The Centers for Disease Control and Prevention’s (CDC) National Center for Health Statistics released the results of its first quarter health insurance survey. The results show that the percentage of uninsured adults dropped to 18.4 percent from 20.4 percent in 2013. However, this modest reduction does not capture the influx of last minute sign-ups in March and is lower than other estimates that used data from later in the year.
A new Census report also examined uninsurance rates finding that forty-two million people in the U.S. lacked any health insurance for the whole of 2013- 13.4 percent of the population. The report breaks down the uninsured rate by race and estimates the proportion of the population insured through private, employer-sponsored, and public insurance. However, this report does not include data from the major expansion of coverage from the Affordable Care Act (ACA) starting in 2014.
Posted on September 3, 2014
The US Department of Health and Human Services (HHS) released a final rule on eligibility and re-enrollment for the second open enrollment season of the Affordable Care Act (ACA). The rule specifies additional options for annual eligibility redeterminations and renewal and re-enrollment notice requirements for qualified health plans offered through the Exchange, for benefit year 2015. This final rule provides additional flexibility for Exchanges, including the ability to propose unique approaches that meet the specific needs of the state.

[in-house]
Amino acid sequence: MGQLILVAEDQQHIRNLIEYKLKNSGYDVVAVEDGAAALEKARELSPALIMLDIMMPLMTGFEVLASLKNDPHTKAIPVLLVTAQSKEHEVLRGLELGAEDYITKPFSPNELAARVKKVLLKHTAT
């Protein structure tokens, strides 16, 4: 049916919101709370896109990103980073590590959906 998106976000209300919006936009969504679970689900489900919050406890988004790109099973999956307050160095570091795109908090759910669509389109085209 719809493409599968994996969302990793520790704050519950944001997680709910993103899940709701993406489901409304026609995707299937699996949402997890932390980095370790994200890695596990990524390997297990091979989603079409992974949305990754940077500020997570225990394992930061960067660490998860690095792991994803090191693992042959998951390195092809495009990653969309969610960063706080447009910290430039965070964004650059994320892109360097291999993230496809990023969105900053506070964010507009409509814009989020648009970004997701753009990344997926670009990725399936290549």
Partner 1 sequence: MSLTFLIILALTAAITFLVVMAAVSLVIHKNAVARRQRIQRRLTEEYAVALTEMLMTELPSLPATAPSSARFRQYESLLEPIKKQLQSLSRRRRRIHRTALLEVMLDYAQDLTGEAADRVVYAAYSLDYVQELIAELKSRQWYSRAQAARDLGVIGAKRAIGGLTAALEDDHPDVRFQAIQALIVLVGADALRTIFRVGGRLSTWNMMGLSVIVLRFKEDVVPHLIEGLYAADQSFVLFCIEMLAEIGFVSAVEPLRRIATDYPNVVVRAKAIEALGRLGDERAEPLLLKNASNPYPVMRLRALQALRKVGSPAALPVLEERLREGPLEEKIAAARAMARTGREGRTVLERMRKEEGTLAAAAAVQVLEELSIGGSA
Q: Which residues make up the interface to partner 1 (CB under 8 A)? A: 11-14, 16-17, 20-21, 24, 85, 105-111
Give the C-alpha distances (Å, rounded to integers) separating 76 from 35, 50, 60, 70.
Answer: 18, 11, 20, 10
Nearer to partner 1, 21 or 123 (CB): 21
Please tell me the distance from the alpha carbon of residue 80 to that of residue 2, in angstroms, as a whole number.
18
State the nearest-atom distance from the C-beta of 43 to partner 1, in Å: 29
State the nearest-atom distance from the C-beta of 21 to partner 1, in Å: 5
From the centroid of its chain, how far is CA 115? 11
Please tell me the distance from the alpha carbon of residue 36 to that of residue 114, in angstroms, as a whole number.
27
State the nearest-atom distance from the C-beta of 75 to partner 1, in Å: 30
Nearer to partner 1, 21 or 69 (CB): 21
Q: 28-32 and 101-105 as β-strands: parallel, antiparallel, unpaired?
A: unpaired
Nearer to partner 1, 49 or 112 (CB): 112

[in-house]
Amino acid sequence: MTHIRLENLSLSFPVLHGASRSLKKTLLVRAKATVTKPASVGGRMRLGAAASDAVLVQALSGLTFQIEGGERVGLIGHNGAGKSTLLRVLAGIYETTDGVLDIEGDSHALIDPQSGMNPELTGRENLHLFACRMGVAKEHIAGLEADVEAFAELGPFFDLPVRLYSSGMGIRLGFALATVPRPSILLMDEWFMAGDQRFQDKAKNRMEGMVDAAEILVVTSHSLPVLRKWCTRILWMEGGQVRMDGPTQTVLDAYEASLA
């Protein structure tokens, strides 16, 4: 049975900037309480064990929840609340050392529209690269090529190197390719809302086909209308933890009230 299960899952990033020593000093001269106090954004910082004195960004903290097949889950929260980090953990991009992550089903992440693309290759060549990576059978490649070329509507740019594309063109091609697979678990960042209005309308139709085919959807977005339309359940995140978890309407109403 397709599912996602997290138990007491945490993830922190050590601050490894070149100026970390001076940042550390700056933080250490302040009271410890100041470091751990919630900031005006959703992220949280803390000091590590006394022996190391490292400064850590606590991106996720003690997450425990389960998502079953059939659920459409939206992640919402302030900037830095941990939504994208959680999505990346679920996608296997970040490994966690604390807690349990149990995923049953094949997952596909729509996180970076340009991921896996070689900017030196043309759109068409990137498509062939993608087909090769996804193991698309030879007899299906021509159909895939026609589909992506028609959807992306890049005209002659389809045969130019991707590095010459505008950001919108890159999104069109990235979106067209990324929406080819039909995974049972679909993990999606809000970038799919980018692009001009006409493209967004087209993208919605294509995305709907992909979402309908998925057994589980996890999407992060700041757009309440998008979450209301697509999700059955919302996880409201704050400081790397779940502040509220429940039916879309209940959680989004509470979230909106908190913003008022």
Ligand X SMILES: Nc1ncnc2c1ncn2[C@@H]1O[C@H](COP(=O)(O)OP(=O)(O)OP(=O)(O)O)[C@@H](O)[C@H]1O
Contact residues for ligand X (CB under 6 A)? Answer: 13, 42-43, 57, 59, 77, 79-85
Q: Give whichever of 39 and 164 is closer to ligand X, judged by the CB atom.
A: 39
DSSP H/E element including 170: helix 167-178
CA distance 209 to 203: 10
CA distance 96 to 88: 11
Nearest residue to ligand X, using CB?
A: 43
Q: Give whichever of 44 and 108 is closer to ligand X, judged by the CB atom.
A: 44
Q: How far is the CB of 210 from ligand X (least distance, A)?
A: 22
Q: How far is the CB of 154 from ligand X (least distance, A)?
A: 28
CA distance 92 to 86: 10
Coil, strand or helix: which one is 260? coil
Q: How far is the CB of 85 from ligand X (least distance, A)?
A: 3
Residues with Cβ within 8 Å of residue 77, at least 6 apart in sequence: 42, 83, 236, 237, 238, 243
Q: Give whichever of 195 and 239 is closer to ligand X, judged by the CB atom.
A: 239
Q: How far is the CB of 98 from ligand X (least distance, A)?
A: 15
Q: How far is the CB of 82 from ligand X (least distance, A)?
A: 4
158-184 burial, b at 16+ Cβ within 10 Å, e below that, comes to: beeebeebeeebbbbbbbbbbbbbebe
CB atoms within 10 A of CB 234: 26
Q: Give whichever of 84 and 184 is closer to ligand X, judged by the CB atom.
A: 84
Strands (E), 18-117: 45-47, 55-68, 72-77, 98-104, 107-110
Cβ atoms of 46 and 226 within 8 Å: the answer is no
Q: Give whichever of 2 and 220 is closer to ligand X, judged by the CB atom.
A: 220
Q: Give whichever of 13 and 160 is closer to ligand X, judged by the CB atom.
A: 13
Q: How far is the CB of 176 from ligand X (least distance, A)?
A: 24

Posted on August 29, 2014
The Centers for Medicare and Medicaid Services (CMS) approved Pennsylvania’s waiver application to receive matching funds under the Affordable Care Act (ACA) for extending Medicaid eligibility to residents who earn up to 133 percent of the federal poverty level. Although substantially revised from the original proposal, the approved waiver creates a five-year Medicaid demonstration, entitled “Healthy Pennsylvania.” Starting in January, as many as 600,000 Pennsylvanians could be eligible for new coverage on the private market, according to Pennsylvania Governor Tom Corbett’s office..
Posted on August 26, 2014
The US Department of Health and Human Services (HHS) Office of the Inspector General (OIG) released a report which provides an overview of the contracts that contributed to the development of the Federal Marketplace. The Centers for Medicare and Medicaid Services (CMS) relied, and continues to rely, extensively on contractors to operate the Federal Marketplace under the Affordable Care Act (ACA). The report analyzes the planning, acquisition, management, and performance oversight of these contracts, but does not make recommendations.
Posted on August 25, 2014
The U.S. Department of Health and Human Services (HHS) published an interim final rule which provides an alternative process for an eligible organization to provide notice of its religious objections to providing contraceptive coverage. It will allow qualifying organizations to notify HHS of their religious objections to providing coverage and the government will in turn contact their insurers, which are to provide contraceptive benefits to the employees without any cost sharing. HHS additionally released a proposed rule which changes the definition of an eligible organization that can avail itself of an accommodation with respect to coverage of certain preventive services. These rules come in response to recent decisions against the Affordable Care Act’s (ACA) birth control mandate from multiple federal courts. HHS also released a coinciding fact sheet on the rules.